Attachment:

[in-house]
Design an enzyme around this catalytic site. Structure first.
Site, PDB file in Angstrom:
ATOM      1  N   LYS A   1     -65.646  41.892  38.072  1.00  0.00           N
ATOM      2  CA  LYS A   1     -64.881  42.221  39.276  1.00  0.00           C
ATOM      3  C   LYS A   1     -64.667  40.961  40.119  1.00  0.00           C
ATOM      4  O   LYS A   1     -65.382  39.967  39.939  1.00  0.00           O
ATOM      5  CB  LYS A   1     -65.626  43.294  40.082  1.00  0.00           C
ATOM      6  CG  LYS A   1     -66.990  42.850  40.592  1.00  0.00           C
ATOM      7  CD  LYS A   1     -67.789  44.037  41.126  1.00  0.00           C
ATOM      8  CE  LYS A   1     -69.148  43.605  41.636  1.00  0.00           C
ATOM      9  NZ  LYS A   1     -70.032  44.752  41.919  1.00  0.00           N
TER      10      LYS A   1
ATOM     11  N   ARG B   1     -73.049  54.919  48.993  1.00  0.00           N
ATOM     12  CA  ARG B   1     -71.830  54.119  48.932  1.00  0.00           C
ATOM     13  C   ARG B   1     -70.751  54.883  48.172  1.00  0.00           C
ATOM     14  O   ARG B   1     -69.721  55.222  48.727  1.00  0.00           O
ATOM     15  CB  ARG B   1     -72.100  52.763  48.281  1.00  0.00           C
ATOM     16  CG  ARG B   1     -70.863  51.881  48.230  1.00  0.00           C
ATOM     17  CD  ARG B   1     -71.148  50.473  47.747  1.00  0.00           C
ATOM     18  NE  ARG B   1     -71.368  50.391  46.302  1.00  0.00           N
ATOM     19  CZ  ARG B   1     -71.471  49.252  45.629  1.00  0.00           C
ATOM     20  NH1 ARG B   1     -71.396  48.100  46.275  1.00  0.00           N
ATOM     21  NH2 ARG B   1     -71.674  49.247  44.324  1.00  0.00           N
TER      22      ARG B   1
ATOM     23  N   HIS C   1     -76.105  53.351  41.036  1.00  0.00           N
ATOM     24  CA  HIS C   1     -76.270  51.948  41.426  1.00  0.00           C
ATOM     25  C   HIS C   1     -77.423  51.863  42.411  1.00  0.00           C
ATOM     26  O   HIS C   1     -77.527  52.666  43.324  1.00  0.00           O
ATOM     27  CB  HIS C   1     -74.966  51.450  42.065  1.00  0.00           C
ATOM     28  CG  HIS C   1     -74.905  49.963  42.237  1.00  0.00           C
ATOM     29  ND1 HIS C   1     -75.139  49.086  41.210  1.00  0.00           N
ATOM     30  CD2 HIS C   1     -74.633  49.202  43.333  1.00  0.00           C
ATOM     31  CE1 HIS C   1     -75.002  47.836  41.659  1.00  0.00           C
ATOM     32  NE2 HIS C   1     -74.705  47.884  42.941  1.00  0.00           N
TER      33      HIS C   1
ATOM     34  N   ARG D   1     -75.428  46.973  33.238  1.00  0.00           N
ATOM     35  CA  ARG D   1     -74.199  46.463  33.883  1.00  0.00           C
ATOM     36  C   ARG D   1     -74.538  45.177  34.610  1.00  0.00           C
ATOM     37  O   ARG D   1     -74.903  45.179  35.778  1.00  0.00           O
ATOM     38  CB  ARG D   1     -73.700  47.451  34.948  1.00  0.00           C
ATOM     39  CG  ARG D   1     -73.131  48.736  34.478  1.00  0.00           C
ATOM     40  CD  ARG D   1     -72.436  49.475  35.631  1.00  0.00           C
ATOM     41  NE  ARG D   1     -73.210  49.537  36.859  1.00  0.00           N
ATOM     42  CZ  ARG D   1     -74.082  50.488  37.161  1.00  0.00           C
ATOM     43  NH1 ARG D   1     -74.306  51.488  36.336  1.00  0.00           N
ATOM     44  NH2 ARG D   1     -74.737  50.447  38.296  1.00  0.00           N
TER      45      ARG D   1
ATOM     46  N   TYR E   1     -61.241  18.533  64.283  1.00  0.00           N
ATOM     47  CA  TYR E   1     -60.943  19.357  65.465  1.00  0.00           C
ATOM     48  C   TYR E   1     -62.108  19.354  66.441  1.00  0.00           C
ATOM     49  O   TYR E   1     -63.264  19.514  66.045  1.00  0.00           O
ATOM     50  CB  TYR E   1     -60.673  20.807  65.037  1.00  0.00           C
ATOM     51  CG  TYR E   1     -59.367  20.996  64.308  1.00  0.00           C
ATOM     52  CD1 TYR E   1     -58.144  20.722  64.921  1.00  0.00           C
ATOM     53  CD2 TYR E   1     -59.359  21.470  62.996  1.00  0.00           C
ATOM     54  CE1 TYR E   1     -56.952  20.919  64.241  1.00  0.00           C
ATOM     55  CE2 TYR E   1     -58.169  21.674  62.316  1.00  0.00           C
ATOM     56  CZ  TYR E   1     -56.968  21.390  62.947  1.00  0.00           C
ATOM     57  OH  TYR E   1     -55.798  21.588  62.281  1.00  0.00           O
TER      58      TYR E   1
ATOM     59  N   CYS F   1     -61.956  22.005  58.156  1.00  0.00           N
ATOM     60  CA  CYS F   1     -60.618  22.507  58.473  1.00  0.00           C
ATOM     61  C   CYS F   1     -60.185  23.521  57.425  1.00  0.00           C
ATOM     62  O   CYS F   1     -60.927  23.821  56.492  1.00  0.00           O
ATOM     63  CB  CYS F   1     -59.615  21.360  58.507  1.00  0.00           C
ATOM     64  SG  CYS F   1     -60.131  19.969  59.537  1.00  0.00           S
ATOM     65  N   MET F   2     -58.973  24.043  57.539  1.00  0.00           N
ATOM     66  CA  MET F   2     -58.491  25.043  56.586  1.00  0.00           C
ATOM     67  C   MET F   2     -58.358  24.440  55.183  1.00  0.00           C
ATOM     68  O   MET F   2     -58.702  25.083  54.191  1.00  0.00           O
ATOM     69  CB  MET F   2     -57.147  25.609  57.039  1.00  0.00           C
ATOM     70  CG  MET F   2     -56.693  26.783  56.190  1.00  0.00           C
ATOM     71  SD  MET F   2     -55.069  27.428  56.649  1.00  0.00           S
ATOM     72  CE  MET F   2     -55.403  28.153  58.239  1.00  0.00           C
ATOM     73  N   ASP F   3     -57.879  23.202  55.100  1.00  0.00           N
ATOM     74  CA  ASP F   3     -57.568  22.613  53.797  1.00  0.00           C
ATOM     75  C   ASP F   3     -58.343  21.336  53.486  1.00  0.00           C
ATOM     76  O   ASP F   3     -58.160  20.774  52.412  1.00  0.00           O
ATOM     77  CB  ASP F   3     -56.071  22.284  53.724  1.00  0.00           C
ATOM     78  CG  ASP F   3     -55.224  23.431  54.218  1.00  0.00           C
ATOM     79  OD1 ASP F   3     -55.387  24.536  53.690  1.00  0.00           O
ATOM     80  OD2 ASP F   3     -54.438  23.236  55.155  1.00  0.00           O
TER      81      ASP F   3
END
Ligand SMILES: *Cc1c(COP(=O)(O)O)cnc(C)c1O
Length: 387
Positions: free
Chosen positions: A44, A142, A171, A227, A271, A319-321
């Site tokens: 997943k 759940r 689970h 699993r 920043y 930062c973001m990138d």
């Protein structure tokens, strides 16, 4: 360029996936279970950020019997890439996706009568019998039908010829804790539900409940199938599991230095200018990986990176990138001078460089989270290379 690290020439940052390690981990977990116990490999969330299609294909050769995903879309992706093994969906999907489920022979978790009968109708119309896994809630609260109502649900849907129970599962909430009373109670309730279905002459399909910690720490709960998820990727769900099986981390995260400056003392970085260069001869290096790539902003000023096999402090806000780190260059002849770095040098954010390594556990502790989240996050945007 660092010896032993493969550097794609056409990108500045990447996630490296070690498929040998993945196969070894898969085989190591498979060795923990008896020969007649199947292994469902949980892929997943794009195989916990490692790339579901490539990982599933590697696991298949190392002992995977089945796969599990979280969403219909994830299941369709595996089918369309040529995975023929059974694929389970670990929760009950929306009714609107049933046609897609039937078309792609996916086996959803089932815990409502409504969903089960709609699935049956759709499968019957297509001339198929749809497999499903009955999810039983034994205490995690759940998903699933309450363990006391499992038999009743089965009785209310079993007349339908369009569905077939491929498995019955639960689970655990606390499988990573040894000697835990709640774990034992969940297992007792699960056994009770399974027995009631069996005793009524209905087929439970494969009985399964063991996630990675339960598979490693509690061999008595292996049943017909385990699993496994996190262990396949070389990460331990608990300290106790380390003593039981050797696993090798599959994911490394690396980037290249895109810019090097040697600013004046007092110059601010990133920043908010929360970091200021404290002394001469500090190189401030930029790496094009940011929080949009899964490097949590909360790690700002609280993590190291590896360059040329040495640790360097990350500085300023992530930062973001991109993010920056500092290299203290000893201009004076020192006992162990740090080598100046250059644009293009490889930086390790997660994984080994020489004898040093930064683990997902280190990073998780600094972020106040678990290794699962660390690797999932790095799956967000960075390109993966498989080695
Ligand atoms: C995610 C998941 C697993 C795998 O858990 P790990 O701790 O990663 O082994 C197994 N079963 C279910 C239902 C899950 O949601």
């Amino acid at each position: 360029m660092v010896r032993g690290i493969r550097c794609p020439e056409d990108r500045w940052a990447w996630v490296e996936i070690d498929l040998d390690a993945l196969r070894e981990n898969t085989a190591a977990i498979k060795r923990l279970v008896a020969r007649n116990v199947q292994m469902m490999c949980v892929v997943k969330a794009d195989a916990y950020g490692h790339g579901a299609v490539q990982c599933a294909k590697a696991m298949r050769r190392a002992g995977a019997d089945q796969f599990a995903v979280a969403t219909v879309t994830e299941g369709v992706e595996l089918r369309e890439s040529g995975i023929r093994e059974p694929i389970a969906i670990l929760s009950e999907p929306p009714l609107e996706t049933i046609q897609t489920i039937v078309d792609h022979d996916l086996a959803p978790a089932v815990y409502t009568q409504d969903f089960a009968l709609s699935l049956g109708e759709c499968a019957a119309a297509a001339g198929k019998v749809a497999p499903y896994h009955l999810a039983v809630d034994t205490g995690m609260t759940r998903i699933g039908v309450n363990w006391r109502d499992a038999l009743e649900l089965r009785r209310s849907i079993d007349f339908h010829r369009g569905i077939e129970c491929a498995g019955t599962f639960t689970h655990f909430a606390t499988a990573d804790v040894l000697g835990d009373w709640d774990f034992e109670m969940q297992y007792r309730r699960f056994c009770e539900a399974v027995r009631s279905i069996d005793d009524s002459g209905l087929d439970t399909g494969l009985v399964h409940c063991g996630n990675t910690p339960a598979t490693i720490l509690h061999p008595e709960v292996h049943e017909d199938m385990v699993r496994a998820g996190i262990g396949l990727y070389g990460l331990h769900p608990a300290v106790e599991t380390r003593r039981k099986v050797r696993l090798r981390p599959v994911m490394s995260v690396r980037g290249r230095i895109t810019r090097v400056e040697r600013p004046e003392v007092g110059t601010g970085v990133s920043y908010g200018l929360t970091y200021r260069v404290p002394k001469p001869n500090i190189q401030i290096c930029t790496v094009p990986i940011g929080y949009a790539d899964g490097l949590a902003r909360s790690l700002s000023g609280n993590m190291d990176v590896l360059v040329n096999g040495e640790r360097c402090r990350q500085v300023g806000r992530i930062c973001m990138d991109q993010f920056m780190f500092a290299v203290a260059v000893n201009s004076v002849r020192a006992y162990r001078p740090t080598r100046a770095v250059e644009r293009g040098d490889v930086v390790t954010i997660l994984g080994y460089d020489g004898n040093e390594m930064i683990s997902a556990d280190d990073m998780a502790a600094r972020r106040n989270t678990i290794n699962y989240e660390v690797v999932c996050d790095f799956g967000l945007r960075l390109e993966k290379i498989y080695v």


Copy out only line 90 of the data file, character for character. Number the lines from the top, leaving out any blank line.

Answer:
């Site tokens: 997943k 759940r 689970h 699993r 920043y 930062c973001m990138d």